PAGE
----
NYPD Commissioner Denies Crime Spikes Related To Halting ‘Stop-And-Frisk’

Chuck Ross Investigative Reporter
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Crime is up in New York City this year compared to 2013, though city police commissioner Bill Bratton is chalking it up to random fluctuations and not due to the city’s move away from its “stop-and-frisk” policy.

“Crime is going to spike from time to time, that’s just the reality,” Bratton said in a press conference Tuesday, DNA Info reports.

The city had 381 shootings through May 25, compared to 347 through the same date last year, according to DNA Info.

The spike is being driven by shootings in a few neighborhoods. Shootings in a precinct near the Bronx have nearly doubled to 23 compared to last year.

East New York, the neighboring precinct, has seen a 38 percent increase in shootings compared to 2013.

At Tuesday’s press conference, which was held to unveil the use of a new drug to combat heroin overdoses, Bratton said that the increase was not due to winding down “stop-and-frisk.”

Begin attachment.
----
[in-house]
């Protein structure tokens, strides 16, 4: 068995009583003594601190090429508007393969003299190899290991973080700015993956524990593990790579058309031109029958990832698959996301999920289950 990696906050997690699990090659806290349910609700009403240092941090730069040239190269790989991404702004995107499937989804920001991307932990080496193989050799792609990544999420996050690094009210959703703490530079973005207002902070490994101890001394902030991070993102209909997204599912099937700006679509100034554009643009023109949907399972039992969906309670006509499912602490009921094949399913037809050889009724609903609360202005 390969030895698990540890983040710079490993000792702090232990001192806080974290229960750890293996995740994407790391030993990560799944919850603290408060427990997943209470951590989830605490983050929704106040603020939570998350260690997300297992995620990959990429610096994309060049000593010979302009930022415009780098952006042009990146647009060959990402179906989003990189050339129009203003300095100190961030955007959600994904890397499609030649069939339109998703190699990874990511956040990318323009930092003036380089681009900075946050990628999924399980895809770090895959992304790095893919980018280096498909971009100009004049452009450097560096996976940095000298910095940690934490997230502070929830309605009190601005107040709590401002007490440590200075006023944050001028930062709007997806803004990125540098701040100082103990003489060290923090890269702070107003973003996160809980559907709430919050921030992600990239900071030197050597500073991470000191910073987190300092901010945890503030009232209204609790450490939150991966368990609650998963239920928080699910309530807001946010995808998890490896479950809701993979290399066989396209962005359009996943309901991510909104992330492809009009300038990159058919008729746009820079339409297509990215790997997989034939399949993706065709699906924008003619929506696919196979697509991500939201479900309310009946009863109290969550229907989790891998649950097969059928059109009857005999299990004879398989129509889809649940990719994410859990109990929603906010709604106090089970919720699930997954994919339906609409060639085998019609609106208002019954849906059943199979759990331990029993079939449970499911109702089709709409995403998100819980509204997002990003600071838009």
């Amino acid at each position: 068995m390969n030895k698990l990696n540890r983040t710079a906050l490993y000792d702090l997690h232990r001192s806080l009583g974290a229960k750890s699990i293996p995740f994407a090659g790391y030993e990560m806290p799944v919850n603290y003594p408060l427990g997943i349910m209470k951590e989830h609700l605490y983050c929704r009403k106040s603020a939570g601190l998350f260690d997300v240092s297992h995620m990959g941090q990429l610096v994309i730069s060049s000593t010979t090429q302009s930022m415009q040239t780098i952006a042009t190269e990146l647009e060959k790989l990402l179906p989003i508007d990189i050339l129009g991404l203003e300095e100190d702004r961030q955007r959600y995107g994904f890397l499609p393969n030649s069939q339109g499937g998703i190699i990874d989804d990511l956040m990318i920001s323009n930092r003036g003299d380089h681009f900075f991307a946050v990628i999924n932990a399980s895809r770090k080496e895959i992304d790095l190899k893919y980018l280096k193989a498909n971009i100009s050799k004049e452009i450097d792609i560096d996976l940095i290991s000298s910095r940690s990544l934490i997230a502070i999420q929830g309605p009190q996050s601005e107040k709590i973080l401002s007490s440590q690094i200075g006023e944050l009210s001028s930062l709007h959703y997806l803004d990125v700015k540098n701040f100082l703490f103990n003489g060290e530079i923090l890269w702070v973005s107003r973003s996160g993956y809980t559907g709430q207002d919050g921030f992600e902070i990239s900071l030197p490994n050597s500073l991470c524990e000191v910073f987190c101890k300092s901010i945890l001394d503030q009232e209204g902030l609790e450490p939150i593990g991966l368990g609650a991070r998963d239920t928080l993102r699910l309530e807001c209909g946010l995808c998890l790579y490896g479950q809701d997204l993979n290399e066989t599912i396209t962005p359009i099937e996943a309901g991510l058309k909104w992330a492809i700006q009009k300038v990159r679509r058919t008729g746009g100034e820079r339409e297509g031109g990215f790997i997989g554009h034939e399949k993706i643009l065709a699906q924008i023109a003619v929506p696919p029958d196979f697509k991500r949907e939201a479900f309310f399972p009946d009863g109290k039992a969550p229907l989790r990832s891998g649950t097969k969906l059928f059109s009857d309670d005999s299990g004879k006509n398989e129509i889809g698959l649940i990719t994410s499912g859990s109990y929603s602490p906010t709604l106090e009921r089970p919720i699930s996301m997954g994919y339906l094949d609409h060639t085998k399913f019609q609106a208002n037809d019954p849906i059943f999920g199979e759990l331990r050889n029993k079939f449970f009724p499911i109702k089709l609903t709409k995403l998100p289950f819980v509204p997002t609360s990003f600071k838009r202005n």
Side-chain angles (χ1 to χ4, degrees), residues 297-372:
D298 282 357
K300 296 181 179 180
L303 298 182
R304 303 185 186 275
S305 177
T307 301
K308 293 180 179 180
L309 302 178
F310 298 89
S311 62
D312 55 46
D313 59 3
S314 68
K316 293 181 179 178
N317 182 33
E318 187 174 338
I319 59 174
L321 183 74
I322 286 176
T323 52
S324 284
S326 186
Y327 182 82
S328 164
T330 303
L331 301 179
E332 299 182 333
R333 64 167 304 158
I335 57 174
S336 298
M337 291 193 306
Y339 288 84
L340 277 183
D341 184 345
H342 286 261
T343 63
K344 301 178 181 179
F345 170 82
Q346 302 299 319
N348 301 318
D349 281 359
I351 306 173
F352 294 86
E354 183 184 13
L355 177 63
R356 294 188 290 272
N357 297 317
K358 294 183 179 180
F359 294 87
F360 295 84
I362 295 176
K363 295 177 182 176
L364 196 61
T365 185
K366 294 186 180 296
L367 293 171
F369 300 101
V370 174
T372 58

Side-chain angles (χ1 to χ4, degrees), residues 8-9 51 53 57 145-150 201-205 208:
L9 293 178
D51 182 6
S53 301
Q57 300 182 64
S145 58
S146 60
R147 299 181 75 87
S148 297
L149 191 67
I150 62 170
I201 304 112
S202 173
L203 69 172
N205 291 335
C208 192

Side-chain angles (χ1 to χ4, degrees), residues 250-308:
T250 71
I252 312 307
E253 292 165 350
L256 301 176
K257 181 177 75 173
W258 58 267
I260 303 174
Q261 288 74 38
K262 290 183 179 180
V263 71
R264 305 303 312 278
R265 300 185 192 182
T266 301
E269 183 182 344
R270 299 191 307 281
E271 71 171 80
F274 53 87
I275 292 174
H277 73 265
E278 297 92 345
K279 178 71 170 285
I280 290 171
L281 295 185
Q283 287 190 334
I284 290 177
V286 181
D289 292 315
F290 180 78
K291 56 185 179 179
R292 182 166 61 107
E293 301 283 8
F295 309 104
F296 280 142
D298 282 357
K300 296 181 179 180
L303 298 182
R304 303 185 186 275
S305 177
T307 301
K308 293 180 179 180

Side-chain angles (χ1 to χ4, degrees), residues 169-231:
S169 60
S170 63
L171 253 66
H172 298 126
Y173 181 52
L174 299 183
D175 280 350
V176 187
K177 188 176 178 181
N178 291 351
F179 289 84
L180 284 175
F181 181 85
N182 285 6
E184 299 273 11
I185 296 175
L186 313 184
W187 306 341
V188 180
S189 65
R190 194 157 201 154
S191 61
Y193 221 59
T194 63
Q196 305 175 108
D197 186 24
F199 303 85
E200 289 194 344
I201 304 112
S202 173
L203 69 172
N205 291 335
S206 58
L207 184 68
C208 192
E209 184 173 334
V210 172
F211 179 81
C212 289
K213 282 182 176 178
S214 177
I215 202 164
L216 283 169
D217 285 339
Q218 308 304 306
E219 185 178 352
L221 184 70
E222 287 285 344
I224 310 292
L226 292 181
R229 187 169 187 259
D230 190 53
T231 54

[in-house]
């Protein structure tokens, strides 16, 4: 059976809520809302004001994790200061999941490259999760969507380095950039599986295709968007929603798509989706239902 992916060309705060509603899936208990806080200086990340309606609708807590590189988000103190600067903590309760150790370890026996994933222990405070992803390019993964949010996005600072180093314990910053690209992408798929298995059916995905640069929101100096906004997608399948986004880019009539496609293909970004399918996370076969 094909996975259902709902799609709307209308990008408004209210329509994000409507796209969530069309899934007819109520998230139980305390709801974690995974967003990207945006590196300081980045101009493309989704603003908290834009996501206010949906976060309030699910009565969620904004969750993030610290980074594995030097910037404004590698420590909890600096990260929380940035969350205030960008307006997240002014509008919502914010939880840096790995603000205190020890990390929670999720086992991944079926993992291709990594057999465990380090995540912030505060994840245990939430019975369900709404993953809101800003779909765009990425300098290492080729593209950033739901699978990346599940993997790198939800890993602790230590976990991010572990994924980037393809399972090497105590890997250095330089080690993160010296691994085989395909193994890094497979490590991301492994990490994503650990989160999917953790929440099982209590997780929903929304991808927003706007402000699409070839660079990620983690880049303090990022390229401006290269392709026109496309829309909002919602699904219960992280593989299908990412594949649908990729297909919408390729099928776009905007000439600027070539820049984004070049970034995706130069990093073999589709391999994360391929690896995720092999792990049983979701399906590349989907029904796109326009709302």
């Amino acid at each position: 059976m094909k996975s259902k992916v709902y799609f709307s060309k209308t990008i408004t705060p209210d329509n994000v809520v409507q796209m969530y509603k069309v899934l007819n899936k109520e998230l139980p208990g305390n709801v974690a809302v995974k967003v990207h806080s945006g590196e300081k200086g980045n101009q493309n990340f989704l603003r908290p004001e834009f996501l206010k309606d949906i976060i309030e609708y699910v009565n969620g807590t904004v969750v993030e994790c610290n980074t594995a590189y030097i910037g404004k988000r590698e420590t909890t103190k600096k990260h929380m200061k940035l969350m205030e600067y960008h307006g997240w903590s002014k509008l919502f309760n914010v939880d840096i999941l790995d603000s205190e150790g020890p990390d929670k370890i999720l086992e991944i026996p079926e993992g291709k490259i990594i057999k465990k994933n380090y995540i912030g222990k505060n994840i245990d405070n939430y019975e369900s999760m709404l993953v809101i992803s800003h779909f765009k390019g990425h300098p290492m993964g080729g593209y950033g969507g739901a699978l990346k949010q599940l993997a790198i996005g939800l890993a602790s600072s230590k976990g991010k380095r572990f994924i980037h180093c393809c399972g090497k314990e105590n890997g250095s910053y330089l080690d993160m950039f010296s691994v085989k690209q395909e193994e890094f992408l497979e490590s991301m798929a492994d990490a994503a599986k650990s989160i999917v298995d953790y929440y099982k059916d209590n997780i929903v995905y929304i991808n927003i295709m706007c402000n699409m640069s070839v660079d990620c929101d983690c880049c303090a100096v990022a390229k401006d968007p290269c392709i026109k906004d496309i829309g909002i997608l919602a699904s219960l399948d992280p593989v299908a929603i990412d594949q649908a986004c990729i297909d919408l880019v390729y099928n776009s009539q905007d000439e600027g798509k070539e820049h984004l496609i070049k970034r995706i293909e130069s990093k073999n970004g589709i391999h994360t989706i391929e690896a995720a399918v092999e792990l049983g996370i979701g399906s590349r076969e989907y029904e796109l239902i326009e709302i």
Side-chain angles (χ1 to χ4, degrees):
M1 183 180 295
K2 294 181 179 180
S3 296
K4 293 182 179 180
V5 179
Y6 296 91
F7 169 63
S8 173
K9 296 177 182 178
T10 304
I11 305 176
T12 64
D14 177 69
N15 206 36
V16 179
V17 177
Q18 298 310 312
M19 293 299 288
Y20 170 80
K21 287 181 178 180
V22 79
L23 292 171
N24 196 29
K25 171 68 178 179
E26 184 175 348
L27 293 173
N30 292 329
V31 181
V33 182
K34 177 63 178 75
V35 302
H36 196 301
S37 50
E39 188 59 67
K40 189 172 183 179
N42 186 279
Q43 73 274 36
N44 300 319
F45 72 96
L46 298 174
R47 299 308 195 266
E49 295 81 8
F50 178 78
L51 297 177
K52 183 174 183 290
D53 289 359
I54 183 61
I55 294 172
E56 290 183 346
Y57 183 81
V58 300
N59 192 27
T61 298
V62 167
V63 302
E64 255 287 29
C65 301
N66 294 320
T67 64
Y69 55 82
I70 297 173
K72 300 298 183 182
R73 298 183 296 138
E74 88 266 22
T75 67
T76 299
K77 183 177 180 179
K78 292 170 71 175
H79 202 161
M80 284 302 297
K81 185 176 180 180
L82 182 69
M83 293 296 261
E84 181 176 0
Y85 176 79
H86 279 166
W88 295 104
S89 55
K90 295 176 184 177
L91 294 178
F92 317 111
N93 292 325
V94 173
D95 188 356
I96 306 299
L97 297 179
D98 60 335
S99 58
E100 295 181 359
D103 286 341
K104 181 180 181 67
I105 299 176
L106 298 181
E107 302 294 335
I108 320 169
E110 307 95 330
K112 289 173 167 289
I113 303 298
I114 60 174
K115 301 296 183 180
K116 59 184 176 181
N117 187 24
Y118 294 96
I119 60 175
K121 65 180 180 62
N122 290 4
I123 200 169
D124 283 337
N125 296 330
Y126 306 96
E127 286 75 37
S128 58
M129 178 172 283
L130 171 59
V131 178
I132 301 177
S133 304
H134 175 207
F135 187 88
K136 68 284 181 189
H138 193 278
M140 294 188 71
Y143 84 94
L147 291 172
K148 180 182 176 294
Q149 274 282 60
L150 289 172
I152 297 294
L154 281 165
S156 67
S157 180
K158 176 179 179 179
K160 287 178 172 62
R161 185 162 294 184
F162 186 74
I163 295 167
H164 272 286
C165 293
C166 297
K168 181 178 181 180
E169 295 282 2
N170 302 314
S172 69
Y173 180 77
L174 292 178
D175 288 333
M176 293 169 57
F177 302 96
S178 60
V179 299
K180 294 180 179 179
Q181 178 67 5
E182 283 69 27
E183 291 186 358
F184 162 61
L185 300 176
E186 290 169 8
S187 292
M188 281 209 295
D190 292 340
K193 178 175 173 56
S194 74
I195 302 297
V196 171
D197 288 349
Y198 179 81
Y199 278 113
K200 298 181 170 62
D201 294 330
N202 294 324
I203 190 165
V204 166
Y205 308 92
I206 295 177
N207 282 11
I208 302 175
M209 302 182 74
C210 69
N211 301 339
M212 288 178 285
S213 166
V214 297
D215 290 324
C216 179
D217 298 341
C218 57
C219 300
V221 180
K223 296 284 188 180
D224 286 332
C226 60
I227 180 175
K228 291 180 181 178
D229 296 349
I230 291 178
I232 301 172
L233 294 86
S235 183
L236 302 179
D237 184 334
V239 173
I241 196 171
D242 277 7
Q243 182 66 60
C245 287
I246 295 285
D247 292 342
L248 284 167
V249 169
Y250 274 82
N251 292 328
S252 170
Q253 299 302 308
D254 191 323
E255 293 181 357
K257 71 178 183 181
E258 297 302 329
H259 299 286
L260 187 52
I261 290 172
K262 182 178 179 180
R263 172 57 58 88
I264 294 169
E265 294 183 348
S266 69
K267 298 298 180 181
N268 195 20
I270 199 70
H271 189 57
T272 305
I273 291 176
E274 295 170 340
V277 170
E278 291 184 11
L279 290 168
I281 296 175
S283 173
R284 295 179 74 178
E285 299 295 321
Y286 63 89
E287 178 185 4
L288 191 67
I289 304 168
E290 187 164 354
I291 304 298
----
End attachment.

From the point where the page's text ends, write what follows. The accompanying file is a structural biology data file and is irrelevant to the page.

New York City Mayor Bill de Blasio has pushed to rein in the practice during his short stint as mayor.

While Bratton helped implement the crime-fighting policy during his first term as NYPD police commissioner between 1994 and 1996, he has been critical of how former city leaders put it into practice.

“The commissioner and the former mayor did a great job in the sense of keeping the community safe, keeping crime down, but one of the tools used to do that, I believe, was used too extensively,” Bratton said in an interview earlier this year, referencing former mayor Michael Bloomberg and former police commissioner Raymond Kelly.

Luckily, the recent increase in the number of shootings has not translated into more murders. The number is down compared to this time last year.

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